Hemoglobin and hematocrit were measured before administration of the trial drug and in the 24 hours after delivery. Maternal pulse, blood pressure, and temperature were recorded every 3 hours during the termination. A visual analogue scale was used at 3-hour intervals to assess nausea and pain. Estradiol and progesterone levels before administration of the trial drug were assessed on maternal serum. Objective documentation of vomiting and diarrhea was made by the nursing staff. The nature, frequency, and dosage of analgesia were recorded. At time of discharge, patients completed a four question visual analogue questionnaire (used in previous similar randomized trials conducted by our group9) with answers obtained using a visual analogue ruler scaled from 0 to 10, with 0 perceived as “much better than expected” and 10 as “much worse than expected”, for the following questions: What did you think of the procedure? How would you rate your pain during the procedure? Would you recommend this method of termination to a friend in a similar situation? How much control did you feel you had?
The trial was conducted in accordance with Good Clinical Practice. A Clinical Trials Notification application was approved by the Therapeutic Goods Administration.
Based on a median duration of labor with misoprostol alone in the second trimester of 13 (IQR, 11–22) hours,11 a sample size of 116 per group was calculated to achieve 80% power to detect a 30% reduction in the median duration of labor (equivalent to 9.1 hours) at a 0.05 significance level while using a two-sided log-rank test (PASS 2008). Equality of categorical and normally distributed continuous variables by treatment group were assessed using two-sided Fisher exact tests and t tests, respectively, on all available data for each variable. Where normality was in doubt, medians and interquartile range were reported and Wilcoxon rank-sum tests were performed. Because two women in each arm delivered before misoprostol, we were unable to undertake an intention-to-treat analysis given the primary outcome of time from misoprostol to delivery. Time to event analysis was performed for the outcome events of admission, misoprostol dose, delivery, and discharge. No censoring occurred because all included patients experienced the event. Kaplan-Meier graphs depicted survivor functions over time for each outcome event stratified by treatment groups. Cox models with the treatment group as the sole covariate were used to estimate the relative hazard rate of experiencing each outcome event. Effect modification by gestation and parity were tested by inclusion of interaction terms in the time from misoprostol to delivery Cox models. All models were tested for violation of the proportional hazards assumption. Stata 15 was used for analysis, and P<.05 was considered statistically significant.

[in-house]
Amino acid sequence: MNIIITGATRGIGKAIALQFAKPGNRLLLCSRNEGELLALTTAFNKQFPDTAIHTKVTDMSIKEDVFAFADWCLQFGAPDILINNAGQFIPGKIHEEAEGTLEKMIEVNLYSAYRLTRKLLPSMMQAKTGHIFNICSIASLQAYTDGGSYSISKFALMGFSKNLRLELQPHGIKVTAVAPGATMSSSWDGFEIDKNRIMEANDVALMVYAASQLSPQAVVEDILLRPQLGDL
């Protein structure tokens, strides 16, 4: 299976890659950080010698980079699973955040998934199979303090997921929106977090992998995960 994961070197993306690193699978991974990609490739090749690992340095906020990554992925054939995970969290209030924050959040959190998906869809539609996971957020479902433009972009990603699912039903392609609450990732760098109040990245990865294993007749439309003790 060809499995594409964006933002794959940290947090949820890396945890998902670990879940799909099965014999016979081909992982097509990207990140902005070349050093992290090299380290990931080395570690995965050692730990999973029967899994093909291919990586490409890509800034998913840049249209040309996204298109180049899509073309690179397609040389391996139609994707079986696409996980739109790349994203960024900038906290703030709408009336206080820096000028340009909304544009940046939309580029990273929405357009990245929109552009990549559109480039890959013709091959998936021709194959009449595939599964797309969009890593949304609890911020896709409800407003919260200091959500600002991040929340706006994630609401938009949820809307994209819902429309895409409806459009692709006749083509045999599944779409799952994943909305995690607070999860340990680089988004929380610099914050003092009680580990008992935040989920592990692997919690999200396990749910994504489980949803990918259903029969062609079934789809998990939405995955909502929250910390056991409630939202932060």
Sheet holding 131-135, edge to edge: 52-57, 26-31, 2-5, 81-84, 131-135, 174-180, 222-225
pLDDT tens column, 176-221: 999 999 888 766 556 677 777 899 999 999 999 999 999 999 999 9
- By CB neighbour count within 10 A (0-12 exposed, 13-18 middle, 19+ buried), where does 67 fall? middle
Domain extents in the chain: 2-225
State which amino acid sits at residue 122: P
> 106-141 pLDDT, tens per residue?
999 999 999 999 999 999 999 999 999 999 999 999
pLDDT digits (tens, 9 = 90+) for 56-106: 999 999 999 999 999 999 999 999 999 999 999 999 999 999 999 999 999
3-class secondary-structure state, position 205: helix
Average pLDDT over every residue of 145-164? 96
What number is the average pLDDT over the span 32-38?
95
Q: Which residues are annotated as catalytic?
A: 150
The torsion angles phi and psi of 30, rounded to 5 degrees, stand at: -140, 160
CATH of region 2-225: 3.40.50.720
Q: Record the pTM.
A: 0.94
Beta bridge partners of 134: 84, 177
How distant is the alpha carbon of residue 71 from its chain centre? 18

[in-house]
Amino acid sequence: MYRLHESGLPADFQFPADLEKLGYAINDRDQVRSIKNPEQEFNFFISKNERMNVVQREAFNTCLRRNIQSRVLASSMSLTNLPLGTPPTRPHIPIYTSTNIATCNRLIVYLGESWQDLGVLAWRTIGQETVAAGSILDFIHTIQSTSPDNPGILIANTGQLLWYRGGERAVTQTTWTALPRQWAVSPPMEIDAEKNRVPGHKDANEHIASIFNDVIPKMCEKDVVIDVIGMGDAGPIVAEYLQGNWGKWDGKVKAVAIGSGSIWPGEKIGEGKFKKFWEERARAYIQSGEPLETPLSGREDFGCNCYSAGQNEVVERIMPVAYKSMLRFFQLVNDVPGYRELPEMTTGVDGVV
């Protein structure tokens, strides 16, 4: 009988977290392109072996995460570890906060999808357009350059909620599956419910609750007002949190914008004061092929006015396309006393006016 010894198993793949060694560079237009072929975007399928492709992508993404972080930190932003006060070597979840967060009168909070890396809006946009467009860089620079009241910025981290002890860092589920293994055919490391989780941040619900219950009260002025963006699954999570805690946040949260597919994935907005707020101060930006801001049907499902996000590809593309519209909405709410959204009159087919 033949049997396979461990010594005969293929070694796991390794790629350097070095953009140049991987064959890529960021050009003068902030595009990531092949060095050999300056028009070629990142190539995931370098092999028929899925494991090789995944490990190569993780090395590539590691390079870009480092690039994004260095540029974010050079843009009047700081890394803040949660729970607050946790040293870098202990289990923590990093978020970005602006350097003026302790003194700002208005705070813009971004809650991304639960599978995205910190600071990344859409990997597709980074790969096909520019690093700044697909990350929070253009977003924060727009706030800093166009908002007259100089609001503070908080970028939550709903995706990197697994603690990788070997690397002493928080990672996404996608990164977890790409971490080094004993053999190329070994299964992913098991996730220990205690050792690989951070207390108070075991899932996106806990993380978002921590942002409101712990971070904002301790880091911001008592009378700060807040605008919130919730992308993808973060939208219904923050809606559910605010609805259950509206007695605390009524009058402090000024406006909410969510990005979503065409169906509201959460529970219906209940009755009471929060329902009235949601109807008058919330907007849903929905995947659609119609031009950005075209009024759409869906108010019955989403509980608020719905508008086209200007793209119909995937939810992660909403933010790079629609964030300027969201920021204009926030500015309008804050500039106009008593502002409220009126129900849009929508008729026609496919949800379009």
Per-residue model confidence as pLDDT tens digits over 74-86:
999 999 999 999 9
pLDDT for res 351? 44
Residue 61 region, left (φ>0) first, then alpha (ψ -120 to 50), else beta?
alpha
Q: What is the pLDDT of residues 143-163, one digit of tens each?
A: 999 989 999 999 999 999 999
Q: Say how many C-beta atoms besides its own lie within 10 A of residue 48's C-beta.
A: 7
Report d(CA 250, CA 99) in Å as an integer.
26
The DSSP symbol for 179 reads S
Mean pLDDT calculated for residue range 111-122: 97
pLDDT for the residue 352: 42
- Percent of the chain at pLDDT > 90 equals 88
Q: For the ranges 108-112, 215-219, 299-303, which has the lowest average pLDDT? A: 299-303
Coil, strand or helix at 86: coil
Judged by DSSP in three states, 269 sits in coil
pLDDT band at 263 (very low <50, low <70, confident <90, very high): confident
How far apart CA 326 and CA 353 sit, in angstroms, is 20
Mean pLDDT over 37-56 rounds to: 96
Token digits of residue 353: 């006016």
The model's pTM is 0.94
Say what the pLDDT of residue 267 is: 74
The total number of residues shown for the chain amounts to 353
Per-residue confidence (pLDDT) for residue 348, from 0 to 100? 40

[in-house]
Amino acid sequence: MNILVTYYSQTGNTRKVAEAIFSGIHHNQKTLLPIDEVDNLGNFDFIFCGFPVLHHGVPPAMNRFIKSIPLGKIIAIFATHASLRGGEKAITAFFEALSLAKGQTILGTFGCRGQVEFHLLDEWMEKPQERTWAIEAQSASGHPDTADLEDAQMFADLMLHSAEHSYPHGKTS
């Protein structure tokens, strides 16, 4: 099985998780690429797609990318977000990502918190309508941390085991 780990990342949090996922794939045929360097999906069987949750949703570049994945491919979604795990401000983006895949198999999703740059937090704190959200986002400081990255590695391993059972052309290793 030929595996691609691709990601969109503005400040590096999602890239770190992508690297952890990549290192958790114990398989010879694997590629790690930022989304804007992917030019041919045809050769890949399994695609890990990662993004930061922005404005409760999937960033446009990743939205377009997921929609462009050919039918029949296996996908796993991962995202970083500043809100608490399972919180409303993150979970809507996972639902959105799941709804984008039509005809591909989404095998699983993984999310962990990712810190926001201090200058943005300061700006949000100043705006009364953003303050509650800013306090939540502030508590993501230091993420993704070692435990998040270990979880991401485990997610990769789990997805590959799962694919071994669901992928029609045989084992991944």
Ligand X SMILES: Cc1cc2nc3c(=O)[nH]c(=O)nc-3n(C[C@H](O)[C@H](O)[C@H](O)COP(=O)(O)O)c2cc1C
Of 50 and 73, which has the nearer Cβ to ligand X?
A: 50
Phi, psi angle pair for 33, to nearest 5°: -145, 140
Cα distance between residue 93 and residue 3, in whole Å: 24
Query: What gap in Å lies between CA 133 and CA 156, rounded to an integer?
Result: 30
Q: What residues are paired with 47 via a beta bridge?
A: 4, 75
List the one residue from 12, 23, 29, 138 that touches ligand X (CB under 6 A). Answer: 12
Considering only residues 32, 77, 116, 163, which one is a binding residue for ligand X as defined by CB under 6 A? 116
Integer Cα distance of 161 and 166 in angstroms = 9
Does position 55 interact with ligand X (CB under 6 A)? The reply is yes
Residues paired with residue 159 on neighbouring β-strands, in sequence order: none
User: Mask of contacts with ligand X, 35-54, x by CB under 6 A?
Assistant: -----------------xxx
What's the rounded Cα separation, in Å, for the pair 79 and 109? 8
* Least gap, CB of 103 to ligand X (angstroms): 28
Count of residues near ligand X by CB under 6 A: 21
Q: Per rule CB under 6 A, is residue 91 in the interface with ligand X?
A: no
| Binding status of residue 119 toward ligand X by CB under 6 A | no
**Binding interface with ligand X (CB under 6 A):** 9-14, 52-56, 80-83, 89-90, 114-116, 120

Sixty-six women were randomized to placebo or treatment. The flow diagram for patient accrual is shown in Figure 1. Eleven women declined to participate in the trial, 19 women were unable to provide consent (most often due to being non–English speaking), and 15 women were unable to be recruited (for example attended out of hours). One woman withdrew after randomization but before treatment started, and another woman delivered between randomization and treatment. A further four women started treatment but experienced the delivery outcome before misoprostol was used. Baseline characteristics did not differ between groups and are shown in Table 1.
Women in the treatment group had fewer doses of misoprostol (2.1 vs 3.4, P=.002) and less total misoprostol (a mean of 767.7 micrograms vs 1,181.8 micrograms, P=.003). The median time from misoprostol to delivery in the placebo group was 10.5 hours, compared with 6.8 hours in the treatment group (hazard ratio 2.41 95% CI 1.39–4.17, P=.002) (Fig. 2). The effect of mifepristone on time from misoprostol to delivery did not seem to vary among women with gestational ages of less than 20 weeks compared with those with 20 weeks or more (P=.795). However, owing to the relatively small study sample size, we lacked statistical power to detect any small differences in time to delivery. Parous women in the mifepristone group had a significantly shorter time to delivery after misoprostol compared with parous women in the placebo group (hazard ratio 2.81 95% CI 1.412–5.57, P=.003). There was no evidence that time to delivery after misoprostol varied between mifepristone and placebo in nulliparous women; however, the numbers of women included in this subgroup analysis is small (n=22).